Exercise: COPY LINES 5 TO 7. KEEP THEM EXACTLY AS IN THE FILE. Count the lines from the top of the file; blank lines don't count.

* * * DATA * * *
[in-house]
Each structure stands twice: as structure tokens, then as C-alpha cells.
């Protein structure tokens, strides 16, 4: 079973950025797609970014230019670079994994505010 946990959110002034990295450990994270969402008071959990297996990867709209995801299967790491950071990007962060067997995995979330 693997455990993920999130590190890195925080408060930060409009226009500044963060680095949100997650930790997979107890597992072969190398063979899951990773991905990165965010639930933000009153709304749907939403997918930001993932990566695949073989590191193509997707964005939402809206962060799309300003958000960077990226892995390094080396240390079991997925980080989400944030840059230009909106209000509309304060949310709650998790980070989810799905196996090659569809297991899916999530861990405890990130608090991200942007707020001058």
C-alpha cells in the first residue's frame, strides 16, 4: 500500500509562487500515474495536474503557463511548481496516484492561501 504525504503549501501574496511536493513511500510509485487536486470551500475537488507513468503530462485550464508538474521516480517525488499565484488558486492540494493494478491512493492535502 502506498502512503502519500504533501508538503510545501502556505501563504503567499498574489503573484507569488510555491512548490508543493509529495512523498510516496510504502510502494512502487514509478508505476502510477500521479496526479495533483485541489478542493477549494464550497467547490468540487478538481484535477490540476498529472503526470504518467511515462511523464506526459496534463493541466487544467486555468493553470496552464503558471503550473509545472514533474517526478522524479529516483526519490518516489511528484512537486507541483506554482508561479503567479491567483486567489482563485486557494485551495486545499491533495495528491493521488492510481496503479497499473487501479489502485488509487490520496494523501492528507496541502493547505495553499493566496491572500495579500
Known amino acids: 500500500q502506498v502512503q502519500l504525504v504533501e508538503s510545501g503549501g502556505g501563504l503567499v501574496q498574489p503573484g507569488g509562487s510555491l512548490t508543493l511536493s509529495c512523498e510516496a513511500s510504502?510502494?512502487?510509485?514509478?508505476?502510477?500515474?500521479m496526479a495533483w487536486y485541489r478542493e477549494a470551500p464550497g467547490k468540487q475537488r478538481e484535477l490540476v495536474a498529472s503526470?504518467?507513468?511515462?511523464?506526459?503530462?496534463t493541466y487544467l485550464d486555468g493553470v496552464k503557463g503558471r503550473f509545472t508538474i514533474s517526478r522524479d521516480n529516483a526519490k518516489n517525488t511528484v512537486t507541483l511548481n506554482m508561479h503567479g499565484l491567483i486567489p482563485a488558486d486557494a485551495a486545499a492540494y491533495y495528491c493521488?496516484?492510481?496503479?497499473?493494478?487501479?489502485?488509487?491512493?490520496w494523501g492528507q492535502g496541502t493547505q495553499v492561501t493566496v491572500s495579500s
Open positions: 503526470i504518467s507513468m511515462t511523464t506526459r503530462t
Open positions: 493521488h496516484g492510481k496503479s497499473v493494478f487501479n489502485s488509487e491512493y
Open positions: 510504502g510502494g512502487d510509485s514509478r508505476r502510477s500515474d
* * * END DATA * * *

Known amino acids: 500500500q502506498v502512503q502519500l504525504v504533501e508538503s510545501g503549501g502556505g501563504l503567499v501574496q498574489p503573484g507569488g509562487s510555491l512548490t508543493l511536493s509529495c512523498e510516496a513511500s510504502?510502494?512502487?510509485?514509478?508505476?502510477?500515474?500521479m496526479a495533483w487536486y485541489r478542493e477549494a470551500p464550497g467547490k468540487q475537488r478538481e484535477l490540476v495536474a498529472s503526470?504518467?507513468?511515462?511523464?506526459?503530462?496534463t493541466y487544467l485550464d486555468g493553470v496552464k503557463g503558471r503550473f509545472t508538474i514533474s517526478r522524479d521516480n529516483a526519490k518516489n517525488t511528484v512537486t507541483l511548481n506554482m508561479h503567479g499565484l491567483i486567489p482563485a488558486d486557494a485551495a486545499a492540494y491533495y495528491c493521488?496516484?492510481?496503479?497499473?493494478?487501479?489502485?488509487?491512493?490520496w494523501g492528507q492535502g496541502t493547505q495553499v492561501t493566496v491572500s495579500s
Open positions: 503526470i504518467s507513468m511515462t511523464t506526459r503530462t
Open positions: 493521488h496516484g492510481k496503479s497499473v493494478f487501479n489502485s488509487e491512493y